Dollars and Sense

Sports salaries have long passed any relation to reality, but baseball seems to be taking things to new heights.

I don’t begrudge the exorbitant earnings of athletes. The worker is, after all, worthy of his hire. Professional athletes in a capitalist system may be well paid – but they would not get that money if their employer wasn’t making a profit from their endeavours. From a dollars and cents perspective, that makes them worth it.

You could easily argue that nurses or teachers have more benefit to society and should be better compensated than athletes. I won’t disagree. If you think that such an unjust system could be improved, I’ll go along with you there too. I hope you have some suggestions for improvement, because I have given my brain Monday off, so I’m fresh out of ideas. Until the system is changed I guess we might as well learn to live with it. If athletes and entertainers can command a large fee I won’t lament that, even if I think we have our social priorities out of whack.

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These minor league players make less in a season than Zack Greinke will make with one pitch in 2016.

But the Zack Greinke contract shook me a little, I must admit that. Greinke is the former Los Angeles Dodgers pitcher who as a free agent signed a new contract last week with the Arizona Diamondbacks. He’ll make $206.5 million US over the next six seasons.

It wasn’t the amount that surprised me. Sports salaries keep escalating. Today’s player of modest talent makes more than the superstars of yesteryear. Times have changed, and the players are not to be faulted for charging all the market will bear.

What did get me thinking was reading a breakdown of Greinke’s contract, which works out to $34.4 million per season. Pitchers in baseball don’t play every game. In a 162 game season Greinke will probably play in about 40 games, maybe fewer. Some enterprising person took the amount, and Greinke’s 2015 statistics and worked out approximately what he is being paid – per pitch.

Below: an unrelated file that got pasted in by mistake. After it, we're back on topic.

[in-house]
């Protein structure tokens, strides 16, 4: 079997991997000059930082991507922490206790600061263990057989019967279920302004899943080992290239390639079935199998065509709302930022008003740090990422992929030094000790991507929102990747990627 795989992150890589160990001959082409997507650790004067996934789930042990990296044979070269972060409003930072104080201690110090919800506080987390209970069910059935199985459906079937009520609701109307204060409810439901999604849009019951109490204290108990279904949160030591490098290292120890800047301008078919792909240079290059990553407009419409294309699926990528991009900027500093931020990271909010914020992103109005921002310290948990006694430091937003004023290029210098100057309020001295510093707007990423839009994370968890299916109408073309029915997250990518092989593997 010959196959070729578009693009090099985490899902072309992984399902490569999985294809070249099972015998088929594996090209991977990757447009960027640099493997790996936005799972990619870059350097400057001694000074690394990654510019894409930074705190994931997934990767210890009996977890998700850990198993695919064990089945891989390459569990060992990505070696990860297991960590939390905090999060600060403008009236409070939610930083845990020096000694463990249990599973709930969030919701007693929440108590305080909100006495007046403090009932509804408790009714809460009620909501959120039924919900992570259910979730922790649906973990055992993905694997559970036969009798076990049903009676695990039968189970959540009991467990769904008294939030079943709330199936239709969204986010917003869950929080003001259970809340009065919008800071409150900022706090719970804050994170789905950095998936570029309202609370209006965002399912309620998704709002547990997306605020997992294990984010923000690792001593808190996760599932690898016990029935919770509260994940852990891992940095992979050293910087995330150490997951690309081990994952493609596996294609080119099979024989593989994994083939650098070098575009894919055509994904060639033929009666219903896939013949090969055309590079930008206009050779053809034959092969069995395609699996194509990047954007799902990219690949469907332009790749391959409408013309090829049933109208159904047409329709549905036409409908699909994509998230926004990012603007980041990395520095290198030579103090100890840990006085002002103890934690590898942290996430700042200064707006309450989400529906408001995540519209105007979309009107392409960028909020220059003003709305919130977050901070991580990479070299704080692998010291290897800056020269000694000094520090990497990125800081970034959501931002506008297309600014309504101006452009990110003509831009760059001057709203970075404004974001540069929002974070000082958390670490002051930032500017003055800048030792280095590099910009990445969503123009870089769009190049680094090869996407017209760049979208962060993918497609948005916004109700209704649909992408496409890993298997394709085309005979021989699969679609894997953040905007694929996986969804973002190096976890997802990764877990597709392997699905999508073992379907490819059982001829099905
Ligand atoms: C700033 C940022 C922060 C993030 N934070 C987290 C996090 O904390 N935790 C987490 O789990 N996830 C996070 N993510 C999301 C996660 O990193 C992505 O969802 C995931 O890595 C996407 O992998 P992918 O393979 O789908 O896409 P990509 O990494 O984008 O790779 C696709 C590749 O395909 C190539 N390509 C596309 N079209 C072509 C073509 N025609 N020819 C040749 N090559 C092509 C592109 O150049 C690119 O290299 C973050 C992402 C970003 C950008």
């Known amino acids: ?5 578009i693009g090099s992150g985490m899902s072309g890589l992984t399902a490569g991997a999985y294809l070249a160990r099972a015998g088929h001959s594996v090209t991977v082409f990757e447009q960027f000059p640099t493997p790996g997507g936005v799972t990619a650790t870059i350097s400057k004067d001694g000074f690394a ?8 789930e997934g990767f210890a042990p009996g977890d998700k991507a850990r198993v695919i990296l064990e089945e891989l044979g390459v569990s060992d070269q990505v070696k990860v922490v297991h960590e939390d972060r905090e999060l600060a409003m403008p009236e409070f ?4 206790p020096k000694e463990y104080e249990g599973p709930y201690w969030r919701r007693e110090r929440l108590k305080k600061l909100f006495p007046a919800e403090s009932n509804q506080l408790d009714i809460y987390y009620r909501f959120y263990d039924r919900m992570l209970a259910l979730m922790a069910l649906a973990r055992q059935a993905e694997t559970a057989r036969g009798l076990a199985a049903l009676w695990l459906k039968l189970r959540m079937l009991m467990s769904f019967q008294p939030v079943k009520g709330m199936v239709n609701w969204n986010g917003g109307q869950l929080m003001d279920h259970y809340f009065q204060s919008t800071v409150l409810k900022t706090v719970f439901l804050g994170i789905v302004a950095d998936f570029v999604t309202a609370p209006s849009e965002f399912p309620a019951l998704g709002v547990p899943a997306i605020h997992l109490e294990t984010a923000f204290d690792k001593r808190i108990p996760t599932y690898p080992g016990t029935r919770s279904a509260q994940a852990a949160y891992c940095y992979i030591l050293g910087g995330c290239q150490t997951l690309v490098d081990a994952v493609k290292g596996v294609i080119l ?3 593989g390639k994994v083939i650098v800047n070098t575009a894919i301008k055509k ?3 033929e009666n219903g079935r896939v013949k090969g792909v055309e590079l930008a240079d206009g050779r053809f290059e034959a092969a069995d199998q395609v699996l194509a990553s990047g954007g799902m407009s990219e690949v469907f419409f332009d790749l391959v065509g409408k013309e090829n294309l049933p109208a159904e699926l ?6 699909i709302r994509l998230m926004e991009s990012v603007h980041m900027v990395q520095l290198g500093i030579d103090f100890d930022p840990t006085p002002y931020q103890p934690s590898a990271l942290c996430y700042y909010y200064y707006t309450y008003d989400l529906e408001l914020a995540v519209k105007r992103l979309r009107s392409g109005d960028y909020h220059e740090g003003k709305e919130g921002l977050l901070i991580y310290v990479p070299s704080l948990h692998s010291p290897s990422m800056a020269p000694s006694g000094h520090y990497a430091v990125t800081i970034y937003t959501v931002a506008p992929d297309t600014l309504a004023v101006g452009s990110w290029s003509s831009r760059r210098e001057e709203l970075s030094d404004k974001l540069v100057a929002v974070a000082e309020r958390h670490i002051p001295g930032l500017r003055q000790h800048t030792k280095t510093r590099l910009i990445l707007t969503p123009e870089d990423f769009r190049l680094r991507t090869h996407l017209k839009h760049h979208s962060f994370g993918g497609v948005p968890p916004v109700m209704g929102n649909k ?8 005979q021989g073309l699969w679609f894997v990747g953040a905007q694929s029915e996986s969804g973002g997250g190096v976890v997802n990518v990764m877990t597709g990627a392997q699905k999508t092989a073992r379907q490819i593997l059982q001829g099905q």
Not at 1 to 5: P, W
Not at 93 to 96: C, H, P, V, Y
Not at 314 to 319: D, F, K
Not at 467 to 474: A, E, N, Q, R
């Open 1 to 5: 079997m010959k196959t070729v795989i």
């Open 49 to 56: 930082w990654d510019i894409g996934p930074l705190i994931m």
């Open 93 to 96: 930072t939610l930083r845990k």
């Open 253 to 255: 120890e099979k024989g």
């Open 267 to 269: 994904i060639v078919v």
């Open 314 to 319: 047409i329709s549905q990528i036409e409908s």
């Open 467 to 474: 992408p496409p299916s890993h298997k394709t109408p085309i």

Baseball, possibly more than any other sports, is a game of statistics. If you were to ask how often a left-handed batter of Polish descent struck out in the third inning of an evening game on odd numbered days with a full moon, I’m sure that statistic is available. So it is no surprise that someone broke down Greinke’s contract. Somehow that smaller number seems so much more over the top to me than $206 million or $34 million.

In 2016, if her were to play exactly the same amount as he did this year, Zack Greinke will make $9570.86 each time he throws a pitch in a game. That’s well over $10,000 Canadian each time he throws the ball. That means every inning he works, about seven minutes, he’ll make more money than I will all year. If it’s a long inning with a lot of foul balls, he’ll make more than everyone in my family earns in a year, combined. Somehow that just doesn’t seem right.

I’m not unhappy with my income. I feel I am fairly compensated for what I do. In order to make more I would have to do something different, and I like my job too much to be interested in such a change. But no matter what work I were to do I would never make $100,000 in seven minutes.

That number, $9570.86, bothers me somehow. It shouldn’t, but it does. I don’t know what this says about our society that we place such a high value on entertainers, which after all is what professional athletes are. Is this a good thing or a bad thing?

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